Das System zur einfachen und sicheren Steuerung von Industrierobotern wurde entwickelt um eine flexible Kommunikation zwischen verschiedenen Diensten zu ermöglichen. Dabei ist besonderer Wert auf Einfachheit, Performance und Erweiterbarkeit gelegt worden. Die Bedienung der Roboter erfolgt über das Netzwerk mittels einer HoloLens. Diese zeigt zur Visualisierung Hologramme an, mit deren Hilfe der Benutzer über definierte Gesten den Roboter ausrichten kann. Die Augmented Reality ermöglicht es, intuitiv mit dem Roboter zu interagieren und ihn Aufgaben erledigen zu lassen. Letztlich wurde das Konzept mittels eines Versuches und Software-Tests validiert.
Supervised training methods require a lot of labeled training data which often does not exist in sufficient amounts as the data has to be annoxated manually - a laborious task. This thesis describes a novel approach of unsupervised domain adaptation which turns labeled simulated data samples into labeled realistic data samples by using unlabeled real data samples for training. It is shown that the proposed model is able to generate realistic labeled images of human faces out of simulated face models generated from the Basel Face Model.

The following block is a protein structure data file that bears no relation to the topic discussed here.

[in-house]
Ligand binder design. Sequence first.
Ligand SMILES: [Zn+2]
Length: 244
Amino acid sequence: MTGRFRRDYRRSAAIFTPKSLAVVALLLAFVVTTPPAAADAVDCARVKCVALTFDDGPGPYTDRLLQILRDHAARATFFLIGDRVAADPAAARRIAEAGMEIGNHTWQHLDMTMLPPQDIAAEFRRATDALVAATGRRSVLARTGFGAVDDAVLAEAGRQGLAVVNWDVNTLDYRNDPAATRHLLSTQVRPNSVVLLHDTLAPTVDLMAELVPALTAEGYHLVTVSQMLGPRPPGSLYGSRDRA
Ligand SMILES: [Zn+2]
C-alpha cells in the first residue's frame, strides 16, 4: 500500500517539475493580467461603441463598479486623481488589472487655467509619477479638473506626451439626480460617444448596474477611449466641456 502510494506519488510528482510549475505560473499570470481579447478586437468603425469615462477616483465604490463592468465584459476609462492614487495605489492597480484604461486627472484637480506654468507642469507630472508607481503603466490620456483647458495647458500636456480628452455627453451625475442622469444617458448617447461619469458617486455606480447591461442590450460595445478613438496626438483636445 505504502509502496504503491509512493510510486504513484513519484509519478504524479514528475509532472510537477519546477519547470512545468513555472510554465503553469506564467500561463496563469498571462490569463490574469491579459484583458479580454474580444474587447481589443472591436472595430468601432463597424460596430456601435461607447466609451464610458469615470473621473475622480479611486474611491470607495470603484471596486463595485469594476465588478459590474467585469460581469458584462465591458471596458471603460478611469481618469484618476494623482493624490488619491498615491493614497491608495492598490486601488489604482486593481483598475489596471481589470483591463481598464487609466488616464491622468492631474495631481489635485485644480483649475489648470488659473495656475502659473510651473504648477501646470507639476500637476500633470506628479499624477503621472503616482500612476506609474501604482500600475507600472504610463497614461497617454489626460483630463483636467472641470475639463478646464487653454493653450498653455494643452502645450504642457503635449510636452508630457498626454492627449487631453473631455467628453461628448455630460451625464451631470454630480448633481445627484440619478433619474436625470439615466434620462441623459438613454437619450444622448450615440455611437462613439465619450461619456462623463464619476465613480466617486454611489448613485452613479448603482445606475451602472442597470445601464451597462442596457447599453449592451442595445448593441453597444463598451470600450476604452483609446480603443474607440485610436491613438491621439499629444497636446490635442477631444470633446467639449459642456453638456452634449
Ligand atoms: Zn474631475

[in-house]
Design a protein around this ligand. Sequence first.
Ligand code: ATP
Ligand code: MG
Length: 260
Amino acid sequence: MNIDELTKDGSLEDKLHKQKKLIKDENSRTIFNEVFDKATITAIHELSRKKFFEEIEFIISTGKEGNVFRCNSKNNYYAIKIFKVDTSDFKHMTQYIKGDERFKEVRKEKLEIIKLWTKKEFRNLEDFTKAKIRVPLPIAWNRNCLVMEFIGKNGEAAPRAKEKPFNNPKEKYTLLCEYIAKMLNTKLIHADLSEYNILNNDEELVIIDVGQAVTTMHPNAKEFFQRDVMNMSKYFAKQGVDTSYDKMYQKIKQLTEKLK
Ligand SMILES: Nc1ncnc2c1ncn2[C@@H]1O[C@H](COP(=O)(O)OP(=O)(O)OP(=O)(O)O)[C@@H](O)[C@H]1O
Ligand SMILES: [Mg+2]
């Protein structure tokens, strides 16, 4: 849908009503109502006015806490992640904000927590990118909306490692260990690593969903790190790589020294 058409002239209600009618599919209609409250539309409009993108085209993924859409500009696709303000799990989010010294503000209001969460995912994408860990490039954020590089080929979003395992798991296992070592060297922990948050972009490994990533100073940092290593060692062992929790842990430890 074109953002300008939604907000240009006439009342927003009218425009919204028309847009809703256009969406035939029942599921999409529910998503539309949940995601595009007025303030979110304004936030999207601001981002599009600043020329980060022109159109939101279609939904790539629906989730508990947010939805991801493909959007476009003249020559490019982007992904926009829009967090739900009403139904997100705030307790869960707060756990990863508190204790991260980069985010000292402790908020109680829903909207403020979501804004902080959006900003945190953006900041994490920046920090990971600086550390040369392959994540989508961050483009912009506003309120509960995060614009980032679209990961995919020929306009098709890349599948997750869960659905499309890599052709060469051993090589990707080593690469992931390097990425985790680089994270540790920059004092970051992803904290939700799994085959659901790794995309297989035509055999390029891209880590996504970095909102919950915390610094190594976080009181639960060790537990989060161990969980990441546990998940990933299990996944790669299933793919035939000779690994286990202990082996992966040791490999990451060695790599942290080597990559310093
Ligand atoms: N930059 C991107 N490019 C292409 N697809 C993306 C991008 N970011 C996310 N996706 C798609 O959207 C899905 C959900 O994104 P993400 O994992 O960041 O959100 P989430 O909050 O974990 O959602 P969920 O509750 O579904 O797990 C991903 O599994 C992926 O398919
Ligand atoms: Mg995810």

I present my investigations into explicitly mapping dependencies between image areas and identify limitations of that approach. I continue with an analysis of variational autoencoders. Building on the insight, I train VAEs on different sized image patches extracted from the CIFAR-10 and CelebA datasets. The patch VAEs are used to compute a similarity metric between individual patches. As an evaluation, linear models are trained to perdict the labels given the unsupervised representations. The patch-VAEs allow to obtain better classification accuracies then using the representations of a global VAE on CIFAR-10 and CelebA datasets. The patch VAEs are used to compute a similarity metric between individual patches. As an evalutation, linear models are trained to predict the labels given the unsupervised representations. The patch-VAEs allow to obtain better classifications accuracies then using the representations of a global VAE on CIFAR-10 and CelebA. I find that for VAEs the features of the earlier layers give a better linear classification performance than their representations.